President’s corner: Why Ed Feasel values cultivating global citizens at Soka University

As existential threats challenge colleges and universities' survival, Feasel faces the future with a powerful mission that he helps shape and that sharpens his mind's eye.

Soka University of America is comparatively young standing next to other historic institutions that have racked up a century’s worth of legacy and alumni.

Soka will soon graduate its 20th class since opening the campus in Aliso Viejo, Calif. But questions around “how old” an institution is don’t interest President Ed Feasel.

“The presidents adding to their curriculum and innovating are mission-centric and value-based,” he says. “Others that have a long history—or even a short history—but don’t have that specific attention tend to maintain just a steady state.”

Feasel’s experience as a higher education administrator is deeply rooted in SUA’s mission to develop global citizens. Before becoming the private liberal arts school’s second president, he was a founding faculty member and became the dean of faculty after SUA graduated its first class. Feasel often reflects on a lecture given by Daisaku Ikeda, founder of SUA and the Soka Gakkai Buddhist movement. The lecture, delivered at the Columbia Teachers College, posed three values all worldly learners should walk away with: courage to learn from our differences, compassion for others’ suffering and wisdom to see the interconnectedness of all life and living.

“We all have something that we’re struggling or suffering about,” Feasel says. “We should have the compassion to want to help our peers and community overcome that and the wisdom and courage to realize we can take action to support each other.”

As existential threats challenge colleges and universities’ survival, Feasel faces the future with a powerful mission, one he helps shape and one that sharpens his mind’s eye. After all, the country’s most pressing issues are usually happening on a global scale, he says.

The first 20 years in Aliso Viejo helped build SUA’s foundation, Feasel says. Listen to SUA’s mission for the next 20 years and beyond.

More from UB: What can private institutions do about the middle-class squeeze?

Soka’s global footprint

About half of SUA’s 500 undergraduates are international. Its student body represents more than 30 different countries and 40 U.S. states. As a result, students regularly collaborate with colleagues from different nationalities, cultures and walks of life. This diversity also challenges faculty to design curriculum that challenges their perspective.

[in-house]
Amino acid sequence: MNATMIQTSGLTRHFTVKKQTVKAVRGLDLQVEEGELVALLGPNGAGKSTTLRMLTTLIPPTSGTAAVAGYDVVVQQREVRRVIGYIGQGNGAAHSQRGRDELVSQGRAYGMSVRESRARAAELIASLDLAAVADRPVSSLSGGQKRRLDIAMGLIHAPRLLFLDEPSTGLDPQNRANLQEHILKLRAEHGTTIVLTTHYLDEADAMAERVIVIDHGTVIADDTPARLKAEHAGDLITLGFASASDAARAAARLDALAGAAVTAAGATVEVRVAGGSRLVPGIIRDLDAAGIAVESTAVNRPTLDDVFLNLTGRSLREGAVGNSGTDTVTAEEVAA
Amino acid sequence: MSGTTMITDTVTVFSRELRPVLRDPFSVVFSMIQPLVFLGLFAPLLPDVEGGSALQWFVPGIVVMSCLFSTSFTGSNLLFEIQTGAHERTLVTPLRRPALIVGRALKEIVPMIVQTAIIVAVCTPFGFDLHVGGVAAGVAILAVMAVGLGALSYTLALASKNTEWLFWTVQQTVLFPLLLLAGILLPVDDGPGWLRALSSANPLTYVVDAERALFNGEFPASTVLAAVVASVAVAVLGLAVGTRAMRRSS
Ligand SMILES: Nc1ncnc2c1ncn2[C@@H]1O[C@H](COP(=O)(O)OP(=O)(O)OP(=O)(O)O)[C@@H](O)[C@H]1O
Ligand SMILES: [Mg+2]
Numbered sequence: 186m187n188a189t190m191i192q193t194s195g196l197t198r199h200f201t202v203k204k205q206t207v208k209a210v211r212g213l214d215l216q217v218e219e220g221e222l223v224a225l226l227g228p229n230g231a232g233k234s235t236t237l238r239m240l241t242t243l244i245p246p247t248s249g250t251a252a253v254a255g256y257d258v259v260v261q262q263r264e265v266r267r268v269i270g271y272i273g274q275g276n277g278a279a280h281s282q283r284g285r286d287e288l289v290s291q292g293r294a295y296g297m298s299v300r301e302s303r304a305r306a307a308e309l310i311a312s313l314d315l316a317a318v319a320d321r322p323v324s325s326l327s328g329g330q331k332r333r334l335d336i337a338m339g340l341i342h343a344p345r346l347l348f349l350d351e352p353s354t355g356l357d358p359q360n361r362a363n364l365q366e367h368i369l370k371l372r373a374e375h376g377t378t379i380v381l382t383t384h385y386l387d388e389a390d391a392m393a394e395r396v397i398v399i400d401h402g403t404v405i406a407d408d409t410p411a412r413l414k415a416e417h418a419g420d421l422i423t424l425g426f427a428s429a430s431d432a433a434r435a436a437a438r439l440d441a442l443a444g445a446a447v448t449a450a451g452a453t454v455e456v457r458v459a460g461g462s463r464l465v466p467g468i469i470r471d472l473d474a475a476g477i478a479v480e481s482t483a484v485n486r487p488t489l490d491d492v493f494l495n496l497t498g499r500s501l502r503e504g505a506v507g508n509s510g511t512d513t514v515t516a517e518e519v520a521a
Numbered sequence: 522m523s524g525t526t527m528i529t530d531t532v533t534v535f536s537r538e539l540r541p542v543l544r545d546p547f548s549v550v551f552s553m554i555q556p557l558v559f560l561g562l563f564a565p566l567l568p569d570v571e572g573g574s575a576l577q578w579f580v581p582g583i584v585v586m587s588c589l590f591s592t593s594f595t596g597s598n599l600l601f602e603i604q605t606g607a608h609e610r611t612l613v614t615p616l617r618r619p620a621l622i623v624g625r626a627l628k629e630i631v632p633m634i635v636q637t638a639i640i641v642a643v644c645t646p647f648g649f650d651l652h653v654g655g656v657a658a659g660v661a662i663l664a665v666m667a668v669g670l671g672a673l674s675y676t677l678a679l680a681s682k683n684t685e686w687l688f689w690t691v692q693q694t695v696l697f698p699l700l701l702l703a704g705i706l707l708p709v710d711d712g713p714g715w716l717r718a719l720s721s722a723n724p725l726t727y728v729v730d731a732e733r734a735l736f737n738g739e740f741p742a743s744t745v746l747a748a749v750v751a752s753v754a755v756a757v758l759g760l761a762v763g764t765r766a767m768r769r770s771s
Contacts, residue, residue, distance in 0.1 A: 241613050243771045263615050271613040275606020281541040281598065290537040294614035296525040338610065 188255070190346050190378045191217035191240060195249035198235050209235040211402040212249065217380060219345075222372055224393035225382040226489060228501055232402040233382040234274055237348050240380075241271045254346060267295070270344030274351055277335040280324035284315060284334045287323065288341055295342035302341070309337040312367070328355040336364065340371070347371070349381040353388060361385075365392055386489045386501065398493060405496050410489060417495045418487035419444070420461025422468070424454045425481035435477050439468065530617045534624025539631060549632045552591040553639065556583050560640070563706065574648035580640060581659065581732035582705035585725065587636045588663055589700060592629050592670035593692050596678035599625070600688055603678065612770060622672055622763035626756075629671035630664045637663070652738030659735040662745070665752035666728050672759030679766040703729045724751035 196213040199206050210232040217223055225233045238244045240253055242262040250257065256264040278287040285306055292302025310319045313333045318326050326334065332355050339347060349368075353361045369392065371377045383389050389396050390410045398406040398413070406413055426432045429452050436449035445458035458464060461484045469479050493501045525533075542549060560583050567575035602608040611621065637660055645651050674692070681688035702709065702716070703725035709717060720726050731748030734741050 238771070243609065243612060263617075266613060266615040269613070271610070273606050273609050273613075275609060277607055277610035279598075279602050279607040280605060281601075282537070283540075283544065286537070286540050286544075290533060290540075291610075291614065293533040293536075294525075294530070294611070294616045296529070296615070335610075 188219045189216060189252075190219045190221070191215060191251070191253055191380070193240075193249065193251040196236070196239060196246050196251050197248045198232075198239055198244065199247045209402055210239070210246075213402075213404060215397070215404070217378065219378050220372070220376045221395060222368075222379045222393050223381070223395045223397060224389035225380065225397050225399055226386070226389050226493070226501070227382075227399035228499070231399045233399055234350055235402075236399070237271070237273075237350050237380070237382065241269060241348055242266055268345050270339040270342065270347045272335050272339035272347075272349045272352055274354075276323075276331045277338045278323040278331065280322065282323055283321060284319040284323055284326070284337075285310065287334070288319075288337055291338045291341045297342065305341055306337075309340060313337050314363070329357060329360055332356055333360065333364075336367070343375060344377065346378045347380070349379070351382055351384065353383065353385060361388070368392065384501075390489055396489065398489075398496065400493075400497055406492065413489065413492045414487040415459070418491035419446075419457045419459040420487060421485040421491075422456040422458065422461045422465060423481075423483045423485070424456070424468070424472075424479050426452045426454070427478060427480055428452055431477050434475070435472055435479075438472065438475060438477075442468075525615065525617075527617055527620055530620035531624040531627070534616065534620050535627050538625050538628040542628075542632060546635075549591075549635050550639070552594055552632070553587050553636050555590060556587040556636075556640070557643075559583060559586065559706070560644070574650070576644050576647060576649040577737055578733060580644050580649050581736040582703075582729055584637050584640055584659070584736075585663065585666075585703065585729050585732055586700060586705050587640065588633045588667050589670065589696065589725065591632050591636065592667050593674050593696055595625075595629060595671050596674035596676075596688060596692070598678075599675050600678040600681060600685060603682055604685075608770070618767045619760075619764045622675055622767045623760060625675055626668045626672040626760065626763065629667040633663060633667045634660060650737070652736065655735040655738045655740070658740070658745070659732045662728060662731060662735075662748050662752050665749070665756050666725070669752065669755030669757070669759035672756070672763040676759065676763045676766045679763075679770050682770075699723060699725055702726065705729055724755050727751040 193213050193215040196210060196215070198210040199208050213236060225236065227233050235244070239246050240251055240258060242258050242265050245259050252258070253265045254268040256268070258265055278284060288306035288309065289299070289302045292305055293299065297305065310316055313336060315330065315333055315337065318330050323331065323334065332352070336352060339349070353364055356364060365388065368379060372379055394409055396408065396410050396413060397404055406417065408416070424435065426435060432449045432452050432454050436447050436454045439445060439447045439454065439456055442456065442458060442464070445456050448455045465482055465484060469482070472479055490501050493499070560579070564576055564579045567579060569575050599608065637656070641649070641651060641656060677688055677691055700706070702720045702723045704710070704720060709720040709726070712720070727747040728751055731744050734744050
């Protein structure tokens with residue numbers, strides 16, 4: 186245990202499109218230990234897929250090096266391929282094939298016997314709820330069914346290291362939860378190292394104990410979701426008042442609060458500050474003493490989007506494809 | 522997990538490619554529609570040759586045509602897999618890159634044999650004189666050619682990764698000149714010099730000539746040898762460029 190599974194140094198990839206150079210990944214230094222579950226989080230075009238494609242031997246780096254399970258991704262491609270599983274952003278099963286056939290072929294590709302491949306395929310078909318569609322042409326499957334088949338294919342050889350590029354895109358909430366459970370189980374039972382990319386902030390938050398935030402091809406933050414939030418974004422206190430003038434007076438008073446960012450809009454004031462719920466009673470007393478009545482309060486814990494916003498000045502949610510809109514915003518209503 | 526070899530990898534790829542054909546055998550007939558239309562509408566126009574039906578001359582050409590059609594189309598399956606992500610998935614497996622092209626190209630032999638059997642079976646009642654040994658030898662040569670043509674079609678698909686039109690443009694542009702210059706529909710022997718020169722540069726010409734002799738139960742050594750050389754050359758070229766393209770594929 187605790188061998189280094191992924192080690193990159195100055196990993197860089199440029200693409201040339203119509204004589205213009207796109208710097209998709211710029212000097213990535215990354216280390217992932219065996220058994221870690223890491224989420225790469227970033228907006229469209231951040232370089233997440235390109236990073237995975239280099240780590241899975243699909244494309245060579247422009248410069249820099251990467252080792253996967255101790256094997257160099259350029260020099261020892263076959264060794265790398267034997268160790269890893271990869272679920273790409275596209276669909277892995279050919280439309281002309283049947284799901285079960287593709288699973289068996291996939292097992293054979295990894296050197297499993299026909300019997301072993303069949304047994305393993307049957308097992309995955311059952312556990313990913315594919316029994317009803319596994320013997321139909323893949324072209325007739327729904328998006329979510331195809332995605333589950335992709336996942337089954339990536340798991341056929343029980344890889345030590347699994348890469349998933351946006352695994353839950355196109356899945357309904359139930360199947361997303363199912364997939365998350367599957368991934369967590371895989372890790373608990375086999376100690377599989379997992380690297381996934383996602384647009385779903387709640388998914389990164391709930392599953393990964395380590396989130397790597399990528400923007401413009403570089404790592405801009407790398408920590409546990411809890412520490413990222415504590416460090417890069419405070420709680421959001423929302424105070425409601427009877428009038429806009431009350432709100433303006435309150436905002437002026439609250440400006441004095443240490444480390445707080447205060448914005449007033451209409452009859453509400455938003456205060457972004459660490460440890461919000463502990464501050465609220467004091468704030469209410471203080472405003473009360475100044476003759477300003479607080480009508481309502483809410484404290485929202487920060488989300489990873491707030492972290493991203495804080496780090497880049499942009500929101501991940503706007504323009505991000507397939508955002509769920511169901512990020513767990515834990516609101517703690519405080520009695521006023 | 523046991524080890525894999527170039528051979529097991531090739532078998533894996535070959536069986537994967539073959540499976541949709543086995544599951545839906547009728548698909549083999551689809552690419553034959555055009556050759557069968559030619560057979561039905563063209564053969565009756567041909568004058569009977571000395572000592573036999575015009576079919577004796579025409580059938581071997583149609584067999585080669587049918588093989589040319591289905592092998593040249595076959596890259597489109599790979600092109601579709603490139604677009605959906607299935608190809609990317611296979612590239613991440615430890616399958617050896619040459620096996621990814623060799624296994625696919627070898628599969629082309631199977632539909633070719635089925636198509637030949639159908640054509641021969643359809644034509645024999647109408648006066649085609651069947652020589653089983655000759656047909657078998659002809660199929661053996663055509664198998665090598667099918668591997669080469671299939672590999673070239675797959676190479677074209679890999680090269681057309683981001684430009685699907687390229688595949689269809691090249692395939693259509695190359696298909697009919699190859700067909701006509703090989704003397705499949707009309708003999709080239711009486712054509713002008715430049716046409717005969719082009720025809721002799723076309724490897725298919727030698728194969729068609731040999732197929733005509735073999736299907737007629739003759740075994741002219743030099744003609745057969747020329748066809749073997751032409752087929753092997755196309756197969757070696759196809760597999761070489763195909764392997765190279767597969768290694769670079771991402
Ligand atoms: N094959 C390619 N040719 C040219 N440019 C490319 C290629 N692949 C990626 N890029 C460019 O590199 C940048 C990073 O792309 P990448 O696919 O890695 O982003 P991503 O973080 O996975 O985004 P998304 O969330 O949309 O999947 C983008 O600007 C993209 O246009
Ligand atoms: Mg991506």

“I can’t just be US-centric,” says Feasel, who also teaches economics at SUA. “I have to really think about making it relevant for all our students. It’s not like how I taught at other institutions.”

SUA can attribute some of its success in attracting such a robust student body to its general financial aid package that extends to all of its students. Students—including those from abroad—whose families make less than $90,000 are awarded a full tuition scholarship.

But most importantly, the university has built a strong reputation. SUA benefits from a yearly stream of first-year students hailing from Nepal, Vietnam and countries in Africa.

“It’s a testament to the quality of our education and the opportunity we provide for these students, who then go on to graduate school, work here and/or return to their home country,” Feasel says.

Strengthening alumni lifelong engagement

Feasel has been with SUA before it gained accreditation two decades ago. Now that it’s built a solid reputation among college hopefuls, SUA’s next evolution involves reengaging its proud alumni base.

“They miss SUA, and they wish they could support us,” Feasel says. “They’re supporting us financially, which, of course, I appreciate, but I could also sense this eagerness to engage with their alma mater on concrete issues.”

Enter the Soka Institute for Global Solutions, or SIGS for short. Now in its second year, SUA is inviting alumni from around the world to collaborate on three projects at the core of SUA’s mission: assisting underresourced K12 districts to develop worldly curriculum, cultivating perspective and policy against nuclear arms and establishing reconciliation efforts across East Asia.

Five alumni have returned to SUA to become faculty and present their work alongside 20 experts from around the world, Feasel says. “What better way to carry SUA’s tradition than in a lifetime learning and engagement capacity?”

Feasel on how SIGS fortifies global citizenship efforts around the world.

Alcino Donadel
Alcino Donadel
Alcino Donadel is a UB staff writer and first-generation journalism graduate from the University of Florida. His beats have ranged from Gainesville's city development, music scene and regional little league sports divisions. He has triple citizenship from the U.S., Ecuador and Brazil.

Most Popular